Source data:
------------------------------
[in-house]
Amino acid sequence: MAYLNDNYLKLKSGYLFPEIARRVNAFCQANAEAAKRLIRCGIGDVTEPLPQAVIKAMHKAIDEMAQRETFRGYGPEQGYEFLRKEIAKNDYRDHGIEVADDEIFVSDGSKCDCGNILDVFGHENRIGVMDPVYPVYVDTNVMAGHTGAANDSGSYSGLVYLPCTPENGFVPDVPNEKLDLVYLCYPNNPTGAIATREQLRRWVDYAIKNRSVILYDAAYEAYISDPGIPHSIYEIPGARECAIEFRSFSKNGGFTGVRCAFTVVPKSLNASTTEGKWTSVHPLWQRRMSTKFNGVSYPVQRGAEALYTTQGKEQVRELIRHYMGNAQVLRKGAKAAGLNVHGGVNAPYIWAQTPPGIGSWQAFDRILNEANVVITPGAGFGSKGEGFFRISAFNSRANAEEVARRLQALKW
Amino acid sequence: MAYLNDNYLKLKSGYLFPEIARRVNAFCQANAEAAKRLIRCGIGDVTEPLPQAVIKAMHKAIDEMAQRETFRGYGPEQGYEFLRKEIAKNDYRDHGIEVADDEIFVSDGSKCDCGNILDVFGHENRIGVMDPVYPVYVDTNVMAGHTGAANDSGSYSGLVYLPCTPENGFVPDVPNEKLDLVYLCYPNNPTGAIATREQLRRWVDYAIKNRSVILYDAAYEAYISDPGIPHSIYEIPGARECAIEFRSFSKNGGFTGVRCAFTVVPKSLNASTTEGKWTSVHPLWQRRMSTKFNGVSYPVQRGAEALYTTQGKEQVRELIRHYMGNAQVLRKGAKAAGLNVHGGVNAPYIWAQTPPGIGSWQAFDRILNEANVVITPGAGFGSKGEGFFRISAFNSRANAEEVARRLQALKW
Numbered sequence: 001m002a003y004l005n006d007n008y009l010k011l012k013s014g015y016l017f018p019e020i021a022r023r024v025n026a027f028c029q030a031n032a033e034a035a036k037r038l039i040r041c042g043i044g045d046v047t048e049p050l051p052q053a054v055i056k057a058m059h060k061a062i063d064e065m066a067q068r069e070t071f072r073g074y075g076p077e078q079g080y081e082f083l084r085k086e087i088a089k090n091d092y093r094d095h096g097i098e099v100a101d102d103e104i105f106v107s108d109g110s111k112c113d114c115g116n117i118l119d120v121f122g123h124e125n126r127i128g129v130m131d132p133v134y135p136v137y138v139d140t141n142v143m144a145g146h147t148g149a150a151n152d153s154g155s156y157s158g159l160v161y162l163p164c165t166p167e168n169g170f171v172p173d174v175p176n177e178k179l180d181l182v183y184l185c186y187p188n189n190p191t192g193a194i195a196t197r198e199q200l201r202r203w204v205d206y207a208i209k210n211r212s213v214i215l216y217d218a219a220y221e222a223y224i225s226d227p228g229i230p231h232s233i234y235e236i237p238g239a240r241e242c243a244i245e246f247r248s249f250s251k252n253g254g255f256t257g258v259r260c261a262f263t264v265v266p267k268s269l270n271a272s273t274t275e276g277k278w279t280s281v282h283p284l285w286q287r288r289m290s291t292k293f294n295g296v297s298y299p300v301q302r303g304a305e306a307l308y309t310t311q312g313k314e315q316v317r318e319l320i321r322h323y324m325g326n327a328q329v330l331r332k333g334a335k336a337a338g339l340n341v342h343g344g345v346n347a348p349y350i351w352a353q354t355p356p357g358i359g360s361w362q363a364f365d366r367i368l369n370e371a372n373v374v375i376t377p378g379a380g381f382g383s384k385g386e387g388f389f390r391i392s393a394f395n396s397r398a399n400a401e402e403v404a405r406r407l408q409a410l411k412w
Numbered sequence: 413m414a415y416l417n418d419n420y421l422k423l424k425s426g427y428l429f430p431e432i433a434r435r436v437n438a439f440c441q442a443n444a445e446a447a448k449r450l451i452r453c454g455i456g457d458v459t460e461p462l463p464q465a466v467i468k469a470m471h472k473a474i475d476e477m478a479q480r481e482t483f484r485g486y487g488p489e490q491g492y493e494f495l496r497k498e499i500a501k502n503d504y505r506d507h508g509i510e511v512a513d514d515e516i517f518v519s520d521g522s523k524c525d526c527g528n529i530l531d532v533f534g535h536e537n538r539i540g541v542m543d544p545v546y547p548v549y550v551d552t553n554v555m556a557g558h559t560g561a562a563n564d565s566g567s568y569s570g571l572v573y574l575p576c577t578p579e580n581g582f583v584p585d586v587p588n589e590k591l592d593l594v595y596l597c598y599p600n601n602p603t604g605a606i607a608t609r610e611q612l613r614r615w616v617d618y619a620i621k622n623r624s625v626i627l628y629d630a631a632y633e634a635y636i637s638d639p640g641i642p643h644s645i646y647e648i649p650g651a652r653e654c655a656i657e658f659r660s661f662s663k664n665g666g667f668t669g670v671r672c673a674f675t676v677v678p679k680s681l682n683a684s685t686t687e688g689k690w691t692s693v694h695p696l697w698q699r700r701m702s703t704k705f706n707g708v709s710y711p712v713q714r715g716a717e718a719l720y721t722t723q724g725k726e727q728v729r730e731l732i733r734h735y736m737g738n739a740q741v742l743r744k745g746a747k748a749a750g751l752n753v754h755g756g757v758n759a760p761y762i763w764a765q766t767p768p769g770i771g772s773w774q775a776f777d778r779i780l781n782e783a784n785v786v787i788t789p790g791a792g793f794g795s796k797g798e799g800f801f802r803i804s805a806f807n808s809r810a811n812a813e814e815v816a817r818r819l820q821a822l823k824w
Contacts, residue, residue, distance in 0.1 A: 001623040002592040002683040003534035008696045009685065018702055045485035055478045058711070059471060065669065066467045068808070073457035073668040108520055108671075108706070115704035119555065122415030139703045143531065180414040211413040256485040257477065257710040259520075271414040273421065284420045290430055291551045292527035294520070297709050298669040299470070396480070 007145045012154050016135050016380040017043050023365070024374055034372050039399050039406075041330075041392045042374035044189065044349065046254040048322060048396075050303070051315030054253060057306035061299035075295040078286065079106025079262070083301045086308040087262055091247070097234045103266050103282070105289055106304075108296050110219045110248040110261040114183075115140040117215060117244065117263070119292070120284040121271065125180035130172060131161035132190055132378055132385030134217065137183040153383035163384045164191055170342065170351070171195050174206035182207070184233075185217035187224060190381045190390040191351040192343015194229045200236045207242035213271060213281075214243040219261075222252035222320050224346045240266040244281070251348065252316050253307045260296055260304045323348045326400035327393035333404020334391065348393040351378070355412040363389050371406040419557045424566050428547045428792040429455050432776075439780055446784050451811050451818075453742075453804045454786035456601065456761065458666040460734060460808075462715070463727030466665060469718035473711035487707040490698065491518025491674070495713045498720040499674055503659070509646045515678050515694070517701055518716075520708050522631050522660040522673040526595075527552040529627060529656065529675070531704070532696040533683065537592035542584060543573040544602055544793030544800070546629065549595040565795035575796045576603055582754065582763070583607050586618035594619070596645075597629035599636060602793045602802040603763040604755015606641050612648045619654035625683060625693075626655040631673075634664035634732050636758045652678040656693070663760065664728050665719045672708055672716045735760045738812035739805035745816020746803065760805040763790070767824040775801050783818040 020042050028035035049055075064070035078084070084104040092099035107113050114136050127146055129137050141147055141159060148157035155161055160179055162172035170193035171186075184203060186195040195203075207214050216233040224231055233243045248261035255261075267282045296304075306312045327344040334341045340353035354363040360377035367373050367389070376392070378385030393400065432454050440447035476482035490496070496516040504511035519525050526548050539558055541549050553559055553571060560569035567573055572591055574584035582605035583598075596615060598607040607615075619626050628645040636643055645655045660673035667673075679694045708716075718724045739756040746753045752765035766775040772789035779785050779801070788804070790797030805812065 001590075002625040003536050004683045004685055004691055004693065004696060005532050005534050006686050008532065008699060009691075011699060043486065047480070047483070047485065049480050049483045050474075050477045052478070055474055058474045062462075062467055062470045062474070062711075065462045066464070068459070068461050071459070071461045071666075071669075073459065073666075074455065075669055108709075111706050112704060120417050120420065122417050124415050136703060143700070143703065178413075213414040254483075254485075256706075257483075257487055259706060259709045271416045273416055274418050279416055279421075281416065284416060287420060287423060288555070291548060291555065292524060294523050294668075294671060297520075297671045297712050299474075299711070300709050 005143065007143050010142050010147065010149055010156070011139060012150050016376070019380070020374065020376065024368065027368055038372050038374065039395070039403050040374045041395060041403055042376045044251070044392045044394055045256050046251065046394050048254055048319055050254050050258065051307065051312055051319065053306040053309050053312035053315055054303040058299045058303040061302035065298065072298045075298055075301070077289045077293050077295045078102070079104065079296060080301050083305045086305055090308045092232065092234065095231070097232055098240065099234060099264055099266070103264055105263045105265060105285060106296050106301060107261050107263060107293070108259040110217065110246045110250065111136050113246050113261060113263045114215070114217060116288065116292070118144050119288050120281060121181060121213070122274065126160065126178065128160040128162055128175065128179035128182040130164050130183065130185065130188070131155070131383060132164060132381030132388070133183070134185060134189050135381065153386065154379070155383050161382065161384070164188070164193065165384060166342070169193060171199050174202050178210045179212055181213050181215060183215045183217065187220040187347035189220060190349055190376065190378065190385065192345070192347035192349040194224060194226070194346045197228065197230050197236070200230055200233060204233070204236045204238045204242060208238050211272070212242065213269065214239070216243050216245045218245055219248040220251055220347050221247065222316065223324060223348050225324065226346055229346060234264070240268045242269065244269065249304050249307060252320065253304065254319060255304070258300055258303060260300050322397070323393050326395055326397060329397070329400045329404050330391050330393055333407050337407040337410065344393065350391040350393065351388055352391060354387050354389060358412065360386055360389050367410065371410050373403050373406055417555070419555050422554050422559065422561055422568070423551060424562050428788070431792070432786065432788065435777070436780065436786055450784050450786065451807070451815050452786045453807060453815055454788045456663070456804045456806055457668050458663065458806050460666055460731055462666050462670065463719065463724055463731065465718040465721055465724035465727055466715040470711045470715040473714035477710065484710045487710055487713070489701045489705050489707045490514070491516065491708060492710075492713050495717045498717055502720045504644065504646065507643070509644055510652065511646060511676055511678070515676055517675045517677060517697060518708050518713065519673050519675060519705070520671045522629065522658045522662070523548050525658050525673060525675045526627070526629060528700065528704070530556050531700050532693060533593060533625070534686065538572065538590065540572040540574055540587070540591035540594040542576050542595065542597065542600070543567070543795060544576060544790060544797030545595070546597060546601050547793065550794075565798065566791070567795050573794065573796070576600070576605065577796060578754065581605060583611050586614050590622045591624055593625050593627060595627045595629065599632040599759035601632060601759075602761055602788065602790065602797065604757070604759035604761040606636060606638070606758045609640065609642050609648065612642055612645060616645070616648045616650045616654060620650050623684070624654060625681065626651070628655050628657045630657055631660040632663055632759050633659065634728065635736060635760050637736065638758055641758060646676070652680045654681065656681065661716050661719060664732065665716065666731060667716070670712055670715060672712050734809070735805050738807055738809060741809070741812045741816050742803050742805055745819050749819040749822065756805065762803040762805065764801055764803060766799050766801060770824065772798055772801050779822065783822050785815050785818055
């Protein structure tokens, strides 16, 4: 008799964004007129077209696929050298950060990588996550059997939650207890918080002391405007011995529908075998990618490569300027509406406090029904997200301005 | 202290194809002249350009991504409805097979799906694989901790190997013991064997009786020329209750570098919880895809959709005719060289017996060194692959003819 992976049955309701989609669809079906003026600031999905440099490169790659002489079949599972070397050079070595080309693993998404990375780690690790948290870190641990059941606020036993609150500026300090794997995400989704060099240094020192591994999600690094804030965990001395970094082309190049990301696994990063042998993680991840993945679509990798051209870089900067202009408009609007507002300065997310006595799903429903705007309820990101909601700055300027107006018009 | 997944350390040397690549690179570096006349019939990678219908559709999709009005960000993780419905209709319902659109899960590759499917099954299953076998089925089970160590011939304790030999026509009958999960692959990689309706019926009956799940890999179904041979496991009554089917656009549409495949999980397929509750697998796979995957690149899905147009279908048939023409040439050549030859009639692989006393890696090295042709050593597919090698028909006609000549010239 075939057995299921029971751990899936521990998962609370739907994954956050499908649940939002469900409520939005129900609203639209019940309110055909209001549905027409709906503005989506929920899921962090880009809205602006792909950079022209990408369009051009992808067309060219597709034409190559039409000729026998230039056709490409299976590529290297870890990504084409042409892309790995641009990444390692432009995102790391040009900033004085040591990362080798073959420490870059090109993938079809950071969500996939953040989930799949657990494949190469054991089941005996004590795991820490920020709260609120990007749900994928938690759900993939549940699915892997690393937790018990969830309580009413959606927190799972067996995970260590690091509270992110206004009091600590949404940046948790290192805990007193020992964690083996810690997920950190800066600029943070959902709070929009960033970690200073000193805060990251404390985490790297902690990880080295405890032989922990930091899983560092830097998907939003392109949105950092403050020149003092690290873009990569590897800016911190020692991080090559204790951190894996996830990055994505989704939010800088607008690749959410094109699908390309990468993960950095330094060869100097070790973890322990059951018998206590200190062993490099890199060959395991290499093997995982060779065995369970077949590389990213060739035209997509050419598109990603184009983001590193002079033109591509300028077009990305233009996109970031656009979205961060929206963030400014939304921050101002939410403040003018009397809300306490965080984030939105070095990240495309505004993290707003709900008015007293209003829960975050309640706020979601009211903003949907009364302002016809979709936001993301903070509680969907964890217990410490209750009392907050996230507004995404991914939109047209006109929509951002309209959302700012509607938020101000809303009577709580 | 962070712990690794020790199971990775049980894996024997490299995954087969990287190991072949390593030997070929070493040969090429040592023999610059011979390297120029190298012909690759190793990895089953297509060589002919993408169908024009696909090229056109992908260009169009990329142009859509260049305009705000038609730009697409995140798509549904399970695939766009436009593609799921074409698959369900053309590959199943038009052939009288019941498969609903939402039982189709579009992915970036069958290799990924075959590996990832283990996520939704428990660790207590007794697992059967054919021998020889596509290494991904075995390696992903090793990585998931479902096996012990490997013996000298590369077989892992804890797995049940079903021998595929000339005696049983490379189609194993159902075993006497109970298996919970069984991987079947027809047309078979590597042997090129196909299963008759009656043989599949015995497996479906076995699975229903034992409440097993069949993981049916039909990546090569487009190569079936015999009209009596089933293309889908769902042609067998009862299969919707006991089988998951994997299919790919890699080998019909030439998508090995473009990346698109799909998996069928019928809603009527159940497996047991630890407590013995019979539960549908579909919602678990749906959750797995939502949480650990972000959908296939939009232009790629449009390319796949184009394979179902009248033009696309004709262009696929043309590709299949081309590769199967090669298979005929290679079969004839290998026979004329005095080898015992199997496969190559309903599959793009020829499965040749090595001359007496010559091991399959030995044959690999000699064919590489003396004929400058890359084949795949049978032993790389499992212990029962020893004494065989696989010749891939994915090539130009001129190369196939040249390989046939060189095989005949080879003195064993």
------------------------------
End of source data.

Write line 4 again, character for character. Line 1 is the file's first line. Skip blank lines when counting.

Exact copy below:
Numbered sequence: 001m002a003y004l005n006d007n008y009l010k011l012k013s014g015y016l017f018p019e020i021a022r023r024v025n026a027f028c029q030a031n032a033e034a035a036k037r038l039i040r041c042g043i044g045d046v047t048e049p050l051p052q053a054v055i056k057a058m059h060k061a062i063d064e065m066a067q068r069e070t071f072r073g074y075g076p077e078q079g080y081e082f083l084r085k086e087i088a089k090n091d092y093r094d095h096g097i098e099v100a101d102d103e104i105f106v107s108d109g110s111k112c113d114c115g116n117i118l119d120v121f122g123h124e125n126r127i128g129v130m131d132p133v134y135p136v137y138v139d140t141n142v143m144a145g146h147t148g149a150a151n152d153s154g155s156y157s158g159l160v161y162l163p164c165t166p167e168n169g170f171v172p173d174v175p176n177e178k179l180d181l182v183y184l185c186y187p188n189n190p191t192g193a194i195a196t197r198e199q200l201r202r203w204v205d206y207a208i209k210n211r212s213v214i215l216y217d218a219a220y221e222a223y224i225s226d227p228g229i230p231h232s233i234y235e236i237p238g239a240r241e242c243a244i245e246f247r248s249f250s251k252n253g254g255f256t257g258v259r260c261a262f263t264v265v266p267k268s269l270n271a272s273t274t275e276g277k278w279t280s281v282h283p284l285w286q287r288r289m290s291t292k293f294n295g296v297s298y299p300v301q302r303g304a305e306a307l308y309t310t311q312g313k314e315q316v317r318e319l320i321r322h323y324m325g326n327a328q329v330l331r332k333g334a335k336a337a338g339l340n341v342h343g344g345v346n347a348p349y350i351w352a353q354t355p356p357g358i359g360s361w362q363a364f365d366r367i368l369n370e371a372n373v374v375i376t377p378g379a380g381f382g383s384k385g386e387g388f389f390r391i392s393a394f395n396s397r398a399n400a401e402e403v404a405r406r407l408q409a410l411k412w